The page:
crucial near-earth objects), studying the pre-outburst phases of a supernova (such as was
very fortunately possible for SN1987A), resolving important ambiguities or anomalies
through more precise re-measurements of historic data, or in inter-disciplinary science
such as measuring the Earth’s ozone concentrations as extracted from historic stellar
spectra. There are also many data sets on magnetic tape that were abandoned as in-
compatible technology moved ahead without them. Although the physical longevity of
photographic data far outmatches that of tapes, resources for safeguarding them are
necessarily in competition with those required to generate new data. It is therefore im-
portant to determine, as far as we can, what value to place on the historical archives,
and to determine a workable solution for their long-term storage and digitization before
we lose the opportunity to make that decision.
   The migration of present-day digital data is now well orchestrated in data centres,
so that as technology moves on, data are migrated seamlessly to new media or new
formats. Outside the data centres, however, the problem remains. Astronomers and small
observatories keep magnetic tapes, including DAT and Exabytes tapes, well beyond their
recommended life. Few now have the technology to read a round magnetic tape or a
5 1 -inch floppy. How long before an Exabyte, or even a CDROM or a DVD, becomes
   Astronomy needs to take a broader view of safe-guarding its data. The cost of recov-
ering historic observations as a common-user resource is small compared to new instal-
lations or space missions.

7. The Astronomers Data Manifesto
   In an attempt to raise awareness of these issues, and define the goal, the IAU Working
Group for Astronomical Data proposed the following manifesto. This is intended not as
a rigid declaration, but as a stimulus for discussion. It is hoped that such discussion will
converge to a consensus on how the astronomical community would like to see its data
   “We, the global community of astronomy, aspire to the following guidelines for manag-
ing astronomical data, believing that they would maximise the rate and cost-effectiveness
of scientific discovery. We do not underestimate the challenge, but believe that these goals
are achievable if astronomers, observatories, journals, data centres, and the Virtual Ob-
servatory Alliance work together to overcome the hurdles.
   (a) All significant tables, images, and spectra published in journals should appear in
astronomical data centres.
   (b) All data obtained with publicly-funded observatories should, after appropriate pro-
prietary periods, be placed in the public domain.
   (c) In any new major astronomical construction project, the data processing, storage,
migration, and management requirements should be built in at an early stage of the
project plan, and costed along with other parts of the project.
   (d) Astronomers in all countries should have the same access to astronomical data and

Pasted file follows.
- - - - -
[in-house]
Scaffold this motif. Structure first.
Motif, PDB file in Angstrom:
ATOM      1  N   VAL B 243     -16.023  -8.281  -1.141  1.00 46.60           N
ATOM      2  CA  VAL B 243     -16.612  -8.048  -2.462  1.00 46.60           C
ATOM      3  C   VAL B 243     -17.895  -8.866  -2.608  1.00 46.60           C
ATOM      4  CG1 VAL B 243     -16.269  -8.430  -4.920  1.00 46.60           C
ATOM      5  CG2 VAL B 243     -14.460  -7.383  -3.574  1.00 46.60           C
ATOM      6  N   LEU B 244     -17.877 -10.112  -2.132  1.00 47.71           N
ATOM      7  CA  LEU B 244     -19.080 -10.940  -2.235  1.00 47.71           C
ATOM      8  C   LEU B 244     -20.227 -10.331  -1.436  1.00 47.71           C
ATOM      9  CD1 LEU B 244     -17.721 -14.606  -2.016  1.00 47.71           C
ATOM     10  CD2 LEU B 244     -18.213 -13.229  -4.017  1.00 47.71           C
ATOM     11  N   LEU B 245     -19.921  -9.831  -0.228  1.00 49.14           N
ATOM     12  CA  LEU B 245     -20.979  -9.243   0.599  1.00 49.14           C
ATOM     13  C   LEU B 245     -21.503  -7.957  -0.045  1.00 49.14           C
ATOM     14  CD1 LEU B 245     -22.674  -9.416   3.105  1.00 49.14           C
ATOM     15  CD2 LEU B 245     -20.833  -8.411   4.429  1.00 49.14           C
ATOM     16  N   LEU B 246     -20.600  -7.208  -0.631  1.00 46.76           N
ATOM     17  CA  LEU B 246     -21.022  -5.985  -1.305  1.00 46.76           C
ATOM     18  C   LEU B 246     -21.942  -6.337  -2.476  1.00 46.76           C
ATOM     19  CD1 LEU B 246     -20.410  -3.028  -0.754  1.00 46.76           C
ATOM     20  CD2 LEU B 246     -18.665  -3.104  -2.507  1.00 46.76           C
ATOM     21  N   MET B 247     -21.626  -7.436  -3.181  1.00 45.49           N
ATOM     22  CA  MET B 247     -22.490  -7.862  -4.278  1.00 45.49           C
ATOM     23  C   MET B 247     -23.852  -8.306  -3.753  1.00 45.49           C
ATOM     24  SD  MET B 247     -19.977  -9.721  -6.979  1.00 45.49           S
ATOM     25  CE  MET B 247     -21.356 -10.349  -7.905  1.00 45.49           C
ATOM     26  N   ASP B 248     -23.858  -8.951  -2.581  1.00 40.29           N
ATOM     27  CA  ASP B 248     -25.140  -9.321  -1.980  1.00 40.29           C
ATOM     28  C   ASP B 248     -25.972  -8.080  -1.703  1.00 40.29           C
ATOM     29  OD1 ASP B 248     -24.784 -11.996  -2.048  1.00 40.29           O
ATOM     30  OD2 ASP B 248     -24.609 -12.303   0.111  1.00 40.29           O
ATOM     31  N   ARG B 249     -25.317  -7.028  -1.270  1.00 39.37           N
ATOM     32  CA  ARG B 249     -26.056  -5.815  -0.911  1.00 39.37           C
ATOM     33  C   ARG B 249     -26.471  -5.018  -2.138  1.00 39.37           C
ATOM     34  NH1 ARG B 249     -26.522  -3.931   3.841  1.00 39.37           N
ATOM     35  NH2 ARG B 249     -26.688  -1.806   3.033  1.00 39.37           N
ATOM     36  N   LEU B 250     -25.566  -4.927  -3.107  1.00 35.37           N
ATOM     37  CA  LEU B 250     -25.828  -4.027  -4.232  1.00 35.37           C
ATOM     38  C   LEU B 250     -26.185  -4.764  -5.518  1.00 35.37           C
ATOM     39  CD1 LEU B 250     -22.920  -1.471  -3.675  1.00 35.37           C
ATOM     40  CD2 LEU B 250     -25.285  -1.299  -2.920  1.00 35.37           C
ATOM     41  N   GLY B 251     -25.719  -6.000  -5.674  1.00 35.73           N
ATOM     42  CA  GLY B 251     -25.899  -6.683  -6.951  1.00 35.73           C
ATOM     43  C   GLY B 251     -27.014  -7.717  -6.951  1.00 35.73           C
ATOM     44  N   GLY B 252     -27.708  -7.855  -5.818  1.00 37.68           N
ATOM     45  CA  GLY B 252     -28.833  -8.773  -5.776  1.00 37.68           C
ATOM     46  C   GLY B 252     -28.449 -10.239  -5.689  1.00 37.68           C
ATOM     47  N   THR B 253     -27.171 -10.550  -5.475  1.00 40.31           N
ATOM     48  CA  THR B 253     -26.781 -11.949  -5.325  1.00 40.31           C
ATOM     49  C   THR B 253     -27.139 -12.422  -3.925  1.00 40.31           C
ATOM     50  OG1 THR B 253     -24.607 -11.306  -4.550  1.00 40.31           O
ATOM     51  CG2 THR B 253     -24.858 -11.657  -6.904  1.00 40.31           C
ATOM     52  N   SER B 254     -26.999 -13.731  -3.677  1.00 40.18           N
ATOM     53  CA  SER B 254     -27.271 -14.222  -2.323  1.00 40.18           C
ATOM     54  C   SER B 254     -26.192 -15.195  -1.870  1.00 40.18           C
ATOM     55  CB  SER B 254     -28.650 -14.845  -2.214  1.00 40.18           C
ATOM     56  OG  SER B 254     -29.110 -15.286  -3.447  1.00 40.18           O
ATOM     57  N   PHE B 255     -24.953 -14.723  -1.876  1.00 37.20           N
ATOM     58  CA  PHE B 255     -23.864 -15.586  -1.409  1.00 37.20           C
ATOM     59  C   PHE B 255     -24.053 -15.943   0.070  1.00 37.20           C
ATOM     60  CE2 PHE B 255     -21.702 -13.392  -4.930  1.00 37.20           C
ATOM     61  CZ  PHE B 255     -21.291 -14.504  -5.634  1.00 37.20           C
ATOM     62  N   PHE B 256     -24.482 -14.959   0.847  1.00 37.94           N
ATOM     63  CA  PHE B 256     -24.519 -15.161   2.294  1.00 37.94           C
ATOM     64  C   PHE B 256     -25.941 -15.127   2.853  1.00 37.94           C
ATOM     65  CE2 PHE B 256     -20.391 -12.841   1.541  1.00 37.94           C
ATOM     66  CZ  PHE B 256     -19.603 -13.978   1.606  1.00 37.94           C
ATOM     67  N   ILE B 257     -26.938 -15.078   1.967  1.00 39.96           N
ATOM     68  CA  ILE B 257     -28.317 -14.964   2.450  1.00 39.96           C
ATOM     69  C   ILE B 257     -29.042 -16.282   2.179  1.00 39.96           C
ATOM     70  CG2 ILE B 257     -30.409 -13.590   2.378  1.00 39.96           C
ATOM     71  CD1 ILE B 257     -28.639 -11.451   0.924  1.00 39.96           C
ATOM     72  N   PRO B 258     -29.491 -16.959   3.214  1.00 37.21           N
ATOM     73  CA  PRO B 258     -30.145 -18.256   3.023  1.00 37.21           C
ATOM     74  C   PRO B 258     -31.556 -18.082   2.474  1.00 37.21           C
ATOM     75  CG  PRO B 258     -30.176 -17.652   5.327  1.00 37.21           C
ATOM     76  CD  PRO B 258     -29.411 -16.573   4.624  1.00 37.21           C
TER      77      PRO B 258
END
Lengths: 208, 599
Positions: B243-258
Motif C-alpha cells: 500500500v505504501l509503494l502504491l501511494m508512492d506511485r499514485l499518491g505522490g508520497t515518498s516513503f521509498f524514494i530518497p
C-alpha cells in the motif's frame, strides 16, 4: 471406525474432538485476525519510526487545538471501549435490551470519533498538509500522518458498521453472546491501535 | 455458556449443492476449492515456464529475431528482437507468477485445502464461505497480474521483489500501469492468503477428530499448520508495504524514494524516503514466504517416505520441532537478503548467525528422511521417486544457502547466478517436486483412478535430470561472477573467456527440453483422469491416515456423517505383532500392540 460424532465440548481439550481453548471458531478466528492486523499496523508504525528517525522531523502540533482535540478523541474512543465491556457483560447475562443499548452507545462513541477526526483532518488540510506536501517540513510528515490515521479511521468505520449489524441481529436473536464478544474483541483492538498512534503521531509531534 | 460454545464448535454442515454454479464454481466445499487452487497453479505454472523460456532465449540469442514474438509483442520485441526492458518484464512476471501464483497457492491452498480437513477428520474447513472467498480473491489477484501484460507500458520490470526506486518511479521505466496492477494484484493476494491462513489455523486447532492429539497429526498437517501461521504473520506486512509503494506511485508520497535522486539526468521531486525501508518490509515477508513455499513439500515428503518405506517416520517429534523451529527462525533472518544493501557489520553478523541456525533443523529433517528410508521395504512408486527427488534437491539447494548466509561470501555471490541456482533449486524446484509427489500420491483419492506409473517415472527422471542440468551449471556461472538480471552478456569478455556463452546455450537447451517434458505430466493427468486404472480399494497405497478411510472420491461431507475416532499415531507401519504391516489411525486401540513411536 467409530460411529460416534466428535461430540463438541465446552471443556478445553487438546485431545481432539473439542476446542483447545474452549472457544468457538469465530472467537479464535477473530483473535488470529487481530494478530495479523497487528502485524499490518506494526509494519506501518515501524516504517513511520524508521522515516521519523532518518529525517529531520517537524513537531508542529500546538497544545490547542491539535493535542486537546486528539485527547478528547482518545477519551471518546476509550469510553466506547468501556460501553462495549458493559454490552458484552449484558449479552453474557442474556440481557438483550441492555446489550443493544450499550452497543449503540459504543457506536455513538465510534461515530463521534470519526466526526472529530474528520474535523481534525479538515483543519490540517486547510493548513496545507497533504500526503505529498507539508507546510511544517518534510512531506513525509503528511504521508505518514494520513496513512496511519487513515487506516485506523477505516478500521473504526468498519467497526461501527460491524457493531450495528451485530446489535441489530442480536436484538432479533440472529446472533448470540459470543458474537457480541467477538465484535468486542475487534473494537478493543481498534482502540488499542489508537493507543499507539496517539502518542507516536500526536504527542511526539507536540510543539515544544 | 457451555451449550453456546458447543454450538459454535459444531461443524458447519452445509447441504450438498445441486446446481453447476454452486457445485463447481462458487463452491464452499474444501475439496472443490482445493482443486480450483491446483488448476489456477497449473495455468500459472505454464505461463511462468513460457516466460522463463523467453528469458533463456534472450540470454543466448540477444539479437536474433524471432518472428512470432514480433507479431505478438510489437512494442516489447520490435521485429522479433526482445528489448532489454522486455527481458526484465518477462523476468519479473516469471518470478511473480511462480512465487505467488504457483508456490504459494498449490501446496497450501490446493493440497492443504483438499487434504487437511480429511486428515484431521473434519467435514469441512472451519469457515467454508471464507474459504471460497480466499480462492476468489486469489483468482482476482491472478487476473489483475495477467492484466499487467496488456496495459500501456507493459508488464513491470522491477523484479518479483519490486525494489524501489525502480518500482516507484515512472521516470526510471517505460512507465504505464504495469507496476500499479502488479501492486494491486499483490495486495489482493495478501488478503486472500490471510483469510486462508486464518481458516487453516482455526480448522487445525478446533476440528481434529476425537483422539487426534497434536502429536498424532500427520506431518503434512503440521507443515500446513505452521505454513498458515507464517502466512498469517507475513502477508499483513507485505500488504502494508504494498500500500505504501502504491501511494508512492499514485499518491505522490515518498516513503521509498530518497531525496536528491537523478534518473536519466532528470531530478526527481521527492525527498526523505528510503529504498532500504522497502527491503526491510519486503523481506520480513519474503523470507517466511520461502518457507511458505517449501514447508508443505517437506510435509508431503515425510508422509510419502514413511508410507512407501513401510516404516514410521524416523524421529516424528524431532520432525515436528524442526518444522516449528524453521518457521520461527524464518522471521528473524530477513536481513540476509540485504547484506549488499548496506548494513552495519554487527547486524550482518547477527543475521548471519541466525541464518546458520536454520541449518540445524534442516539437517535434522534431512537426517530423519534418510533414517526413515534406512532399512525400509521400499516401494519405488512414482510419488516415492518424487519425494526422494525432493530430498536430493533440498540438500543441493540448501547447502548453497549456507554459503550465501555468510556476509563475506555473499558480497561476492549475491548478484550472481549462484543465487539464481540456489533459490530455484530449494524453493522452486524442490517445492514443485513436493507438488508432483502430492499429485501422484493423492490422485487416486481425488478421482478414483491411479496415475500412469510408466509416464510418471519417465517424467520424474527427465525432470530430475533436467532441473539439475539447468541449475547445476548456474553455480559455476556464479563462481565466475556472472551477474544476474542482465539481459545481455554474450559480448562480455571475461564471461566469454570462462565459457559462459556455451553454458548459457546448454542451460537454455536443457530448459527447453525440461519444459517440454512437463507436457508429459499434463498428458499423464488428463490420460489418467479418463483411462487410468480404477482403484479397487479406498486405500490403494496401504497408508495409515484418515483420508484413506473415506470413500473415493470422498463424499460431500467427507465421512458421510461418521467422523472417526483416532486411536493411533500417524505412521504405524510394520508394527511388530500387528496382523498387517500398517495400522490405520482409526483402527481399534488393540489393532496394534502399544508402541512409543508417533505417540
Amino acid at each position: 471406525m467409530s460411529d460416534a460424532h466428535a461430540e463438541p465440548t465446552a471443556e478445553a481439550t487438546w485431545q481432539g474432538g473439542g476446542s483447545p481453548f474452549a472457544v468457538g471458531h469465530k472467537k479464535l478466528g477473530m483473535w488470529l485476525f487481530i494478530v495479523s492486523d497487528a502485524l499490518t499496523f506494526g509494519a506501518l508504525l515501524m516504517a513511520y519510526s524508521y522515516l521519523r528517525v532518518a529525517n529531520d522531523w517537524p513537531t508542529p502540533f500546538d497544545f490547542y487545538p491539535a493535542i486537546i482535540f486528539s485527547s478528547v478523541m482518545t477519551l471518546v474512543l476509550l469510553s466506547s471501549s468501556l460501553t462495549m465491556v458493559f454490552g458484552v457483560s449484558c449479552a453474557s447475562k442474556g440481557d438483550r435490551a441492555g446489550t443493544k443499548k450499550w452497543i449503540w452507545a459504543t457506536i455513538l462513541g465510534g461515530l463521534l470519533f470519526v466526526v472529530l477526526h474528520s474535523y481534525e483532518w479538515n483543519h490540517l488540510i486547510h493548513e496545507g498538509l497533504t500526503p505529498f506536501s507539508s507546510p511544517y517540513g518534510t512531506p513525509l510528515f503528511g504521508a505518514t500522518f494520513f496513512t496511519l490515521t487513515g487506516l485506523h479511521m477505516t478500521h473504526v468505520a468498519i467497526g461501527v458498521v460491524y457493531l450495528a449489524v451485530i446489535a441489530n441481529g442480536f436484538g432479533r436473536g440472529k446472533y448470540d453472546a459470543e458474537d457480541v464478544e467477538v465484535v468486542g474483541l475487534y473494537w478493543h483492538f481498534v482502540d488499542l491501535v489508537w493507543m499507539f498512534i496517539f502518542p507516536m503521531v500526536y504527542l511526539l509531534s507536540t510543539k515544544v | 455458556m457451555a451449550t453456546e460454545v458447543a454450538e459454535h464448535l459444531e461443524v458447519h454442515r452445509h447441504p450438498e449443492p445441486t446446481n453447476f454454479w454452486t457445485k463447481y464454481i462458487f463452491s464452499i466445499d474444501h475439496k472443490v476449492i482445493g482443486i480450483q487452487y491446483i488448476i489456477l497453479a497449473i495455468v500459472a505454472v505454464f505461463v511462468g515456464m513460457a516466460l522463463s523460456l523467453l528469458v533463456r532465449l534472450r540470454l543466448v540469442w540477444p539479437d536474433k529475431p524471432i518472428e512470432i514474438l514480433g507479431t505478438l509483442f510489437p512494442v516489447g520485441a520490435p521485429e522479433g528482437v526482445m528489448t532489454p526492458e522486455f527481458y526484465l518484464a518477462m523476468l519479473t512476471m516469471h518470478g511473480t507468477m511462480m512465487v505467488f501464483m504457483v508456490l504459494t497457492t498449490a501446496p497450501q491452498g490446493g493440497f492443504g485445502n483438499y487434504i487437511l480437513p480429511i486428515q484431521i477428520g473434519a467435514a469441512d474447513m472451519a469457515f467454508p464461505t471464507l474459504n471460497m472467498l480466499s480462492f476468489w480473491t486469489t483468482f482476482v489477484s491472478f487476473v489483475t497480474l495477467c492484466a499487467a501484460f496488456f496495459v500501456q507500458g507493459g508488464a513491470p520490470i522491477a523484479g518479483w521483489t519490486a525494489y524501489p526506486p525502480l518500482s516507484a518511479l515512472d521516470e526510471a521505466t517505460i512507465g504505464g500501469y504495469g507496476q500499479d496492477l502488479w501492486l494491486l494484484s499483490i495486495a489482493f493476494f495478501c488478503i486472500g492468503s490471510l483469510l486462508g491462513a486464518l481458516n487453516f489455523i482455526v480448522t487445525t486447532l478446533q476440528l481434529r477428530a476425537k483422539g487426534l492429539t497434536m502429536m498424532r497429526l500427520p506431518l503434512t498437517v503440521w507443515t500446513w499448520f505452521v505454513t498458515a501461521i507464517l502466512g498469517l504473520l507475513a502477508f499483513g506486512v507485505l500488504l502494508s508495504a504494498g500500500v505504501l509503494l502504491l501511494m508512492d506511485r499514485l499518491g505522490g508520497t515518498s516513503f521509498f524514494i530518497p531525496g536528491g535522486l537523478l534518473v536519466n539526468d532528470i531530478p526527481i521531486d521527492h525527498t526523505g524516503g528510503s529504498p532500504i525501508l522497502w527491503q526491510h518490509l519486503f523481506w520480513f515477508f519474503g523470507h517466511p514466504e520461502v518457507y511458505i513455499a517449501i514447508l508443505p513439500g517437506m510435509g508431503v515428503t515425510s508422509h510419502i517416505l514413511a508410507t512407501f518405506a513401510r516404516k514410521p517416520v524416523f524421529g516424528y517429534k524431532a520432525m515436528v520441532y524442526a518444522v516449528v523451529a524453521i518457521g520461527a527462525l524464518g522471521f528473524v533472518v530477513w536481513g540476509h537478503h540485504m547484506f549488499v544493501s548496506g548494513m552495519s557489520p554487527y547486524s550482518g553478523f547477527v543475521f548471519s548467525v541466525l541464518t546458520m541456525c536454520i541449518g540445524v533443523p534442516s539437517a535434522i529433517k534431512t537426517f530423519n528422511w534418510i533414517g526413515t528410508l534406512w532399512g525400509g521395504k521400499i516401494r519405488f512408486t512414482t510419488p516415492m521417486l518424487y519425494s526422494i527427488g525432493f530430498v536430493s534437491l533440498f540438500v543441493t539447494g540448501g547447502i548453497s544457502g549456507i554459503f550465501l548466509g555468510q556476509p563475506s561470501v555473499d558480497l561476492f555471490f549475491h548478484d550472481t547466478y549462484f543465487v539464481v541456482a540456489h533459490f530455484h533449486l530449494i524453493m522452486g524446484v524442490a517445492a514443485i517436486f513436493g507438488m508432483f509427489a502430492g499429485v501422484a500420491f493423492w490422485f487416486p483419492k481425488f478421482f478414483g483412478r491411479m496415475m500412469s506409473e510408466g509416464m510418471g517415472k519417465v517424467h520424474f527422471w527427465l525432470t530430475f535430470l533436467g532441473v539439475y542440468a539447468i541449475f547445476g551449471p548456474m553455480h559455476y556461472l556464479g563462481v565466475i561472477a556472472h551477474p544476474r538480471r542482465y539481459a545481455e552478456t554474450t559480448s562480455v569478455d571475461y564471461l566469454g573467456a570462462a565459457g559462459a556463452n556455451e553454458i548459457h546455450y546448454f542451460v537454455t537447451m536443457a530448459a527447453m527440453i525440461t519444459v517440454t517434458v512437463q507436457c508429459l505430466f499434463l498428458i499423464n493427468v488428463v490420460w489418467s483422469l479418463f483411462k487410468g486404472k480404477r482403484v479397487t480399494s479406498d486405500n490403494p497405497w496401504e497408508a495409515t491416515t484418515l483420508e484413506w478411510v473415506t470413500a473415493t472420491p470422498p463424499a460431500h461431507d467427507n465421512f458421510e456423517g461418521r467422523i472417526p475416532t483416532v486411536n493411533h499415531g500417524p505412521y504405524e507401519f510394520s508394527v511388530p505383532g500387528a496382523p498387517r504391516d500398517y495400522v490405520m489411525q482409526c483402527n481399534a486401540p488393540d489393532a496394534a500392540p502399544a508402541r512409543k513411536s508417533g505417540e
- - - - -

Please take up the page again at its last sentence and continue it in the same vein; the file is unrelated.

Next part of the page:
(e) Legacy astronomical data can be valuable, and high-priority legacy data should be
preserved and stored in digital form in the data centres.
   (f) The IAU should work with other international organisations to achieve our common
goals and learn from our colleagues in other fields. ”
10                                      Norris et al.
8. Conclusion
   The revolution in the way that astronomy manages its data has already resulted in
enormous scientific advances. The potential for further advances in the future is even
greater, but we need to have a clear vision and a clear goal if we are to succeed in realising
that potential. In particular, the astronomical community needs to have a clear picture
of what represents “best practice” in astronomical data management. Astronomy does
not have any strategic data framework to provide policies or guidelines for astronomical
data management, and is not therefore able to represent the interests of astronomical
data management to external parties. For example, data quality, long-term accessibility,
and provenance carry real costs but are critical requirements for success.
   The Virtual Observatory is a powerful tool that will enable us to make even more effec-
tive use of our data, but we should not regard it as a cure-all for our current deficiencies
in data management. Whilst the VO is attempting to make major databases accessible
to all astronomers, it cannot do so unless those databases are properly constructed and
managed. Now that the infrastructure is in place we need to focus on building a user
base and bringing in all key archives and collections.
   These advances also have the potential to overcome the Digital Divide, but only if
further initiatives enable open access to these facilities by astronomers in developing
countries. Such initiatives are likely to be cost-effective, as the VO, electronic publication,
and effective archives will enable science to tap an enormous intellectual base, with fresh
ideas and approaches, which will benefit all of us.

Andernach, H. 2006,
Beckwith, S, 2004, private communication.
Norris, R.P., 2005, IAU Bulletin, 96, 16.
Wamsteker, W., & Griffin, R.E.M, 1995, Ap&SS, 288, 383.